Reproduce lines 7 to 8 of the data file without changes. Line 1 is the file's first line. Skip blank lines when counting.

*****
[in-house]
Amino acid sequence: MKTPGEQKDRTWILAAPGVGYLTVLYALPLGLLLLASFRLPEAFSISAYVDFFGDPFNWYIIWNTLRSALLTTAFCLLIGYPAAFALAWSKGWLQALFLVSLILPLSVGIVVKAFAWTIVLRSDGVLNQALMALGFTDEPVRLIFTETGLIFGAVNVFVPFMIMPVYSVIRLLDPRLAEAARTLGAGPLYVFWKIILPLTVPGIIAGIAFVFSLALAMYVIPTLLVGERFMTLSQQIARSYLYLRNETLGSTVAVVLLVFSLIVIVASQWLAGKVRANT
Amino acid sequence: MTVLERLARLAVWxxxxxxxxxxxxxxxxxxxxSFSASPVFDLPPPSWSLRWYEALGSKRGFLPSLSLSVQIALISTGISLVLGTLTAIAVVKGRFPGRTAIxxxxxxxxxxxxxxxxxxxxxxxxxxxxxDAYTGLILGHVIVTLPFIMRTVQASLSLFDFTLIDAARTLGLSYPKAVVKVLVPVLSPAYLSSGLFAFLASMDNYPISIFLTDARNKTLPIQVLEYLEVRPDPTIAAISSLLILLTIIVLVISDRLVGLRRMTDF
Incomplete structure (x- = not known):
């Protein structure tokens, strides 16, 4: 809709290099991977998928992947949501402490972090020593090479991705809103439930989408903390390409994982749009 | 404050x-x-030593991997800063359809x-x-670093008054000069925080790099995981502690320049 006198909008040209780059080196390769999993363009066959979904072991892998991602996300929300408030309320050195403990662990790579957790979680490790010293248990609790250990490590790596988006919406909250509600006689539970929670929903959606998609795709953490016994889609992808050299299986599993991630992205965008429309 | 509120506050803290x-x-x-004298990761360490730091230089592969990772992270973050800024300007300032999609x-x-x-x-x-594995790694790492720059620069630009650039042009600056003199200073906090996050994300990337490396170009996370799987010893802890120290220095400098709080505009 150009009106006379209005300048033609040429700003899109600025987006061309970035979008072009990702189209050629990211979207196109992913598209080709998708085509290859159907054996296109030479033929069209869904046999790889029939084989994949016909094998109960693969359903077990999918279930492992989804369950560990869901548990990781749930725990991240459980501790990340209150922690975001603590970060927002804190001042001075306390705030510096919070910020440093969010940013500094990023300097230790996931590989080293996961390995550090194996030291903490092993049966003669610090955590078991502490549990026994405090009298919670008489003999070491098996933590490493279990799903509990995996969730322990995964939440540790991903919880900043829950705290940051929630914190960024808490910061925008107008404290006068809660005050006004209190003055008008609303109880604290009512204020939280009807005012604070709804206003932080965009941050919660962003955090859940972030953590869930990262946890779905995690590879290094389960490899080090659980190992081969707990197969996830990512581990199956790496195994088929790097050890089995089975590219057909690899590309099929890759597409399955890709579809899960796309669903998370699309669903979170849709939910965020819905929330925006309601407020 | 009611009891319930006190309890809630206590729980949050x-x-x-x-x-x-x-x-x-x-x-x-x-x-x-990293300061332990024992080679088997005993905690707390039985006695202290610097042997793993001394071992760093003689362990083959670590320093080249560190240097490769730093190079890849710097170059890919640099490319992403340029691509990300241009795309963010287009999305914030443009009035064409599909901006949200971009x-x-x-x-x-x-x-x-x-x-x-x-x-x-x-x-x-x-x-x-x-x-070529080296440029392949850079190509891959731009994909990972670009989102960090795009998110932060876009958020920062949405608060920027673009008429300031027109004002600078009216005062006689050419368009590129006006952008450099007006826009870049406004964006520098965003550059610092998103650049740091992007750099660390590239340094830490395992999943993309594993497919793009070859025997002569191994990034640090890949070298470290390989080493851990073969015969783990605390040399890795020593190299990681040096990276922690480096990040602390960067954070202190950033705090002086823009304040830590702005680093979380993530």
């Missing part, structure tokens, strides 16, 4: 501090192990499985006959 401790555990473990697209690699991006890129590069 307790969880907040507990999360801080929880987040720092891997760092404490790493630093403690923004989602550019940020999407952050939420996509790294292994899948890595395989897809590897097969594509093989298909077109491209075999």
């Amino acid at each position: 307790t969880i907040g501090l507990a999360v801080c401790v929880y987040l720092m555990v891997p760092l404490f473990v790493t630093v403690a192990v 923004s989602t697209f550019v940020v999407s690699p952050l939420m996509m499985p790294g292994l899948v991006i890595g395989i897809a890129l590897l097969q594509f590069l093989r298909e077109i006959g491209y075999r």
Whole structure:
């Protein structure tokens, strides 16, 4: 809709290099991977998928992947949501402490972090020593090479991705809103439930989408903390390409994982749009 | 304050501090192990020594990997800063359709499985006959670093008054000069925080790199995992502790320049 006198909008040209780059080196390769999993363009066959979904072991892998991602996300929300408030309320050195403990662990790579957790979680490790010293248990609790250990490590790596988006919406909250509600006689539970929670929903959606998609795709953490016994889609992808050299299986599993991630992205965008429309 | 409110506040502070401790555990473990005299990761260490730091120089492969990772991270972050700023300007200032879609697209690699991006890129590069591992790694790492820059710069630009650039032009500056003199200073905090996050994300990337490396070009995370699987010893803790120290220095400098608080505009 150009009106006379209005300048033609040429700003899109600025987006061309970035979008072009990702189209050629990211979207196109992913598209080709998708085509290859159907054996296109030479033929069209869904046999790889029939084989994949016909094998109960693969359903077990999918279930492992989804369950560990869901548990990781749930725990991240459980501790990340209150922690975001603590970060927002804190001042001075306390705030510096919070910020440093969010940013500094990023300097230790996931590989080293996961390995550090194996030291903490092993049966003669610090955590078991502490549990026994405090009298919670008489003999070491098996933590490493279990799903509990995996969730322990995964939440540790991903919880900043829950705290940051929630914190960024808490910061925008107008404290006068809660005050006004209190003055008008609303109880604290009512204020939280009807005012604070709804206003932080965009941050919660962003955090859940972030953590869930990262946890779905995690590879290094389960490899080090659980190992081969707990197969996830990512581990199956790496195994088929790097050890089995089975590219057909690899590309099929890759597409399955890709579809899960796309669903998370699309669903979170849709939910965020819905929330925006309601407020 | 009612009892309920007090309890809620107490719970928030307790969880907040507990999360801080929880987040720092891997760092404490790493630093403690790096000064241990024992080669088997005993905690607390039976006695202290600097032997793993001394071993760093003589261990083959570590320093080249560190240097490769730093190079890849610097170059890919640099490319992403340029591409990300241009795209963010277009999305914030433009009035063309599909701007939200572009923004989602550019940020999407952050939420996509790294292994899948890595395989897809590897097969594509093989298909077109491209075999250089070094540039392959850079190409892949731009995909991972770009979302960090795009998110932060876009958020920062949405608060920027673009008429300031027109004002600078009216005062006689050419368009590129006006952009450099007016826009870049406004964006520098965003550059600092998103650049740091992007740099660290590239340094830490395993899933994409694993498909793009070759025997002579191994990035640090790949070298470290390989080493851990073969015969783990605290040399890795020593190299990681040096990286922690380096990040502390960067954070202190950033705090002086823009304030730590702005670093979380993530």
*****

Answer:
């Amino acid at each position: 307790t969880i907040g501090l507990a999360v801080c401790v929880y987040l720092m555990v891997p760092l404490f473990v790493t630093v403690a192990v 923004s989602t697209f550019v940020v999407s690699p952050l939420m996509m499985p790294g292994l899948v991006i890595g395989i897809a890129l590897l097969q594509f590069l093989r298909e077109i006959g491209y075999r």
Whole structure: